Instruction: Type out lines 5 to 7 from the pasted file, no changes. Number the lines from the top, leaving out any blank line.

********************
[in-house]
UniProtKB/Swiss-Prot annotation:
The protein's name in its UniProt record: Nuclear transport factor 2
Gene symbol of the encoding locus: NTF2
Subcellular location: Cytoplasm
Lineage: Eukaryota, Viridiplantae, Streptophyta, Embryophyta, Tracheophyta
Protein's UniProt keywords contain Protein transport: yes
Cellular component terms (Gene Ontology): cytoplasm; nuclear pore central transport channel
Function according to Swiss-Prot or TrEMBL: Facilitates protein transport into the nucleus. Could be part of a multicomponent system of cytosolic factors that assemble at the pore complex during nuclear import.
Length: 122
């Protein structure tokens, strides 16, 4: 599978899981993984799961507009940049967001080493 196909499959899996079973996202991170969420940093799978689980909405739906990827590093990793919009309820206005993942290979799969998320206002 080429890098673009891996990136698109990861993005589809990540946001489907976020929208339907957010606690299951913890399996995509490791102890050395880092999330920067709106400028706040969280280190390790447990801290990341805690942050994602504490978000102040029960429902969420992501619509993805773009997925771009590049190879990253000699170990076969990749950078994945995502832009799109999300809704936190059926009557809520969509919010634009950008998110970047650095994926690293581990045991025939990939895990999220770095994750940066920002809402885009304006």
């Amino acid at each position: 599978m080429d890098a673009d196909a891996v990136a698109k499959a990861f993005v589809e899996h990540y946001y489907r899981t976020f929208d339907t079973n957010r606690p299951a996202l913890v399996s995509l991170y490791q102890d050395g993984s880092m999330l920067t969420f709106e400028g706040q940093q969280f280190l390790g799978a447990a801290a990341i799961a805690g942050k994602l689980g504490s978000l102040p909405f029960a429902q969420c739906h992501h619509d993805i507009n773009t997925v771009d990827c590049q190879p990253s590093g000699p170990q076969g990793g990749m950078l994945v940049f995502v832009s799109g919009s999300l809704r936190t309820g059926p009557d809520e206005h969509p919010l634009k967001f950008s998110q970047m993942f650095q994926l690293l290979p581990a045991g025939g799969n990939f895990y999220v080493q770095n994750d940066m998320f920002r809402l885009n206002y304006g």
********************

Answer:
Subcellular location: Cytoplasm
Lineage: Eukaryota, Viridiplantae, Streptophyta, Embryophyta, Tracheophyta
Protein's UniProt keywords contain Protein transport: yes